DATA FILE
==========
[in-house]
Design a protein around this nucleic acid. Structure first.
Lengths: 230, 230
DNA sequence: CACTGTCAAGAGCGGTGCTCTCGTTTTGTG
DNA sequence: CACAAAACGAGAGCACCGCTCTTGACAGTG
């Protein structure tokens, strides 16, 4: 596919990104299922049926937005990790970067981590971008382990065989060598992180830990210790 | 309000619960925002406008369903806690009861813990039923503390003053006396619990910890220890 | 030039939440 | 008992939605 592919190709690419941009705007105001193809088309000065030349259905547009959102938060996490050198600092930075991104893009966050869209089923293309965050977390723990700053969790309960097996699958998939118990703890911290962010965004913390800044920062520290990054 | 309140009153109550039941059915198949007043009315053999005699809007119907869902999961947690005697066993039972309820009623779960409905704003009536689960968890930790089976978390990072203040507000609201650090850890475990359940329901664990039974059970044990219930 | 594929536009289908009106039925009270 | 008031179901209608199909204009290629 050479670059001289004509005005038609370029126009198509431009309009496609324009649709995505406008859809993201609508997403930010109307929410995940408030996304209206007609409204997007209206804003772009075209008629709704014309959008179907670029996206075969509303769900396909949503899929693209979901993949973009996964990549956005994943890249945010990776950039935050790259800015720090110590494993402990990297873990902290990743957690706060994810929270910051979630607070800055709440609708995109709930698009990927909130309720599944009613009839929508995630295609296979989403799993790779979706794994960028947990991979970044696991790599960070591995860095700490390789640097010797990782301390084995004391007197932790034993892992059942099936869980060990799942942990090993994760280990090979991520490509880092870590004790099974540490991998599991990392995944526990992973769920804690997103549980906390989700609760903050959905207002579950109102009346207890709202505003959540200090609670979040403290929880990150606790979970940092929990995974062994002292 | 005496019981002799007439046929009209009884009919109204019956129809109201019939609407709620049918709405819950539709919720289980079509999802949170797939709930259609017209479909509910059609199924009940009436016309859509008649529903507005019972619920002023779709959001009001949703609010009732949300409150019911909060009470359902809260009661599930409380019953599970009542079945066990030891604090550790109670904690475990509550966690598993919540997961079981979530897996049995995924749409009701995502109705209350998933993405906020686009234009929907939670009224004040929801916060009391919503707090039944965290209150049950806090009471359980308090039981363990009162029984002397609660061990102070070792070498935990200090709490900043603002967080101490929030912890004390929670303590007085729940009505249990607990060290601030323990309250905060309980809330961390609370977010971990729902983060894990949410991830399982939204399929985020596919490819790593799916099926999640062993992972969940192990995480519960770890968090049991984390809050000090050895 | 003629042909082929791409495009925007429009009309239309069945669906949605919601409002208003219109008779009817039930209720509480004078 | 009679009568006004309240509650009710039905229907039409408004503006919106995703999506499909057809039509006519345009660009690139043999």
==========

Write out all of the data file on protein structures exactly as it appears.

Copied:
[in-house]
Design a protein around this nucleic acid. Structure first.
Lengths: 230, 230
DNA sequence: CACTGTCAAGAGCGGTGCTCTCGTTTTGTG
DNA sequence: CACAAAACGAGAGCACCGCTCTTGACAGTG
């Protein structure tokens, strides 16, 4: 596919990104299922049926937005990790970067981590971008382990065989060598992180830990210790 | 309000619960925002406008369903806690009861813990039923503390003053006396619990910890220890 | 030039939440 | 008992939605 592919190709690419941009705007105001193809088309000065030349259905547009959102938060996490050198600092930075991104893009966050869209089923293309965050977390723990700053969790309960097996699958998939118990703890911290962010965004913390800044920062520290990054 | 309140009153109550039941059915198949007043009315053999005699809007119907869902999961947690005697066993039972309820009623779960409905704003009536689960968890930790089976978390990072203040507000609201650090850890475990359940329901664990039974059970044990219930 | 594929536009289908009106039925009270 | 008031179901209608199909204009290629 050479670059001289004509005005038609370029126009198509431009309009496609324009649709995505406008859809993201609508997403930010109307929410995940408030996304209206007609409204997007209206804003772009075209008629709704014309959008179907670029996206075969509303769900396909949503899929693209979901993949973009996964990549956005994943890249945010990776950039935050790259800015720090110590494993402990990297873990902290990743957690706060994810929270910051979630607070800055709440609708995109709930698009990927909130309720599944009613009839929508995630295609296979989403799993790779979706794994960028947990991979970044696991790599960070591995860095700490390789640097010797990782301390084995004391007197932790034993892992059942099936869980060990799942942990090993994760280990090979991520490509880092870590004790099974540490991998599991990392995944526990992973769920804690997103549980906390989700609760903050959905207002579950109102009346207890709202505003959540200090609670979040403290929880990150606790979970940092929990995974062994002292 | 005496019981002799007439046929009209009884009919109204019956129809109201019939609407709620049918709405819950539709919720289980079509999802949170797939709930259609017209479909509910059609199924009940009436016309859509008649529903507005019972619920002023779709959001009001949703609010009732949300409150019911909060009470359902809260009661599930409380019953599970009542079945066990030891604090550790109670904690475990509550966690598993919540997961079981979530897996049995995924749409009701995502109705209350998933993405906020686009234009929907939670009224004040929801916060009391919503707090039944965290209150049950806090009471359980308090039981363990009162029984002397609660061990102070070792070498935990200090709490900043603002967080101490929030912890004390929670303590007085729940009505249990607990060290601030323990309250905060309980809330961390609370977010971990729902983060894990949410991830399982939204399929985020596919490819790593799916099926999640062993992972969940192990995480519960770890968090049991984390809050000090050895 | 003629042909082929791409495009925007429009009309239309069945669906949605919601409002208003219109008779009817039930209720509480004078 | 009679009568006004309240509650009710039905229907039409408004503006919106995703999506499909057809039509006519345009660009690139043999």